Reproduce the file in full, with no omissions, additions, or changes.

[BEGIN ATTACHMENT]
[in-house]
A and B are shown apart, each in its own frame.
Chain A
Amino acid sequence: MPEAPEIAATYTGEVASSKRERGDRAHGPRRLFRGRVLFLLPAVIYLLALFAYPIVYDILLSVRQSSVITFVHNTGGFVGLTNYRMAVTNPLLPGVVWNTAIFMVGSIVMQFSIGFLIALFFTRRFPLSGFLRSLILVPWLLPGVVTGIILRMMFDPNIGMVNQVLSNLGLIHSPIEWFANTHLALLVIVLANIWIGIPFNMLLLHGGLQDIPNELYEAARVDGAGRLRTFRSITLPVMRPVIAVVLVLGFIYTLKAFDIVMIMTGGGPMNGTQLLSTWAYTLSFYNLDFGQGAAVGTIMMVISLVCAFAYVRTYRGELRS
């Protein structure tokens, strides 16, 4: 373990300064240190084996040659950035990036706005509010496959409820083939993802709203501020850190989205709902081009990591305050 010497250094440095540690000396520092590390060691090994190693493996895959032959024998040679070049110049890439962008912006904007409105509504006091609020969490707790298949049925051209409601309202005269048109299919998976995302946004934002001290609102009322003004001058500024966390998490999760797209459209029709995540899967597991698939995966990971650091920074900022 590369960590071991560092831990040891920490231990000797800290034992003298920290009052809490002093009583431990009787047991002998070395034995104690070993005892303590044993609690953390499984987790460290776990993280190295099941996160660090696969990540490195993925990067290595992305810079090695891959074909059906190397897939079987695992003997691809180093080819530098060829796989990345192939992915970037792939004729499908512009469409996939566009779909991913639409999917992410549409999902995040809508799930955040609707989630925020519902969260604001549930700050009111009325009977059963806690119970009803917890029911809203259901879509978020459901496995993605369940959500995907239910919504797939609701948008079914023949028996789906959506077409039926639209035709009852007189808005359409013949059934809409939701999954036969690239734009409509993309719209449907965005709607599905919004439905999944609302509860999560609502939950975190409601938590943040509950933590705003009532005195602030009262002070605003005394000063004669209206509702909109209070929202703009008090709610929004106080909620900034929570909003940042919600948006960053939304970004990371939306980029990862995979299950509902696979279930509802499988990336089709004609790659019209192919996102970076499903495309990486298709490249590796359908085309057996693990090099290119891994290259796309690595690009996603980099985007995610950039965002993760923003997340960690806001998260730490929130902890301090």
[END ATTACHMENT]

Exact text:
[in-house]
A and B are shown apart, each in its own frame.
Chain A
Amino acid sequence: MPEAPEIAATYTGEVASSKRERGDRAHGPRRLFRGRVLFLLPAVIYLLALFAYPIVYDILLSVRQSSVITFVHNTGGFVGLTNYRMAVTNPLLPGVVWNTAIFMVGSIVMQFSIGFLIALFFTRRFPLSGFLRSLILVPWLLPGVVTGIILRMMFDPNIGMVNQVLSNLGLIHSPIEWFANTHLALLVIVLANIWIGIPFNMLLLHGGLQDIPNELYEAARVDGAGRLRTFRSITLPVMRPVIAVVLVLGFIYTLKAFDIVMIMTGGGPMNGTQLLSTWAYTLSFYNLDFGQGAAVGTIMMVISLVCAFAYVRTYRGELRS
């Protein structure tokens, strides 16, 4: 373990300064240190084996040659950035990036706005509010496959409820083939993802709203501020850190989205709902081009990591305050 010497250094440095540690000396520092590390060691090994190693493996895959032959024998040679070049110049890439962008912006904007409105509504006091609020969490707790298949049925051209409601309202005269048109299919998976995302946004934002001290609102009322003004001058500024966390998490999760797209459209029709995540899967597991698939995966990971650091920074900022 590369960590071991560092831990040891920490231990000797800290034992003298920290009052809490002093009583431990009787047991002998070395034995104690070993005892303590044993609690953390499984987790460290776990993280190295099941996160660090696969990540490195993925990067290595992305810079090695891959074909059906190397897939079987695992003997691809180093080819530098060829796989990345192939992915970037792939004729499908512009469409996939566009779909991913639409999917992410549409999902995040809508799930955040609707989630925020519902969260604001549930700050009111009325009977059963806690119970009803917890029911809203259901879509978020459901496995993605369940959500995907239910919504797939609701948008079914023949028996789906959506077409039926639209035709009852007189808005359409013949059934809409939701999954036969690239734009409509993309719209449907965005709607599905919004439905999944609302509860999560609502939950975190409601938590943040509950933590705003009532005195602030009262002070605003005394000063004669209206509702909109209070929202703009008090709610929004106080909620900034929570909003940042919600948006960053939304970004990371939306980029990862995979299950509902696979279930509802499988990336089709004609790659019209192919996102970076499903495309990486298709490249590796359908085309057996693990090099290119891994290259796309690595690009996603980099985007995610950039965002993760923003997340960690806001998260730490929130902890301090």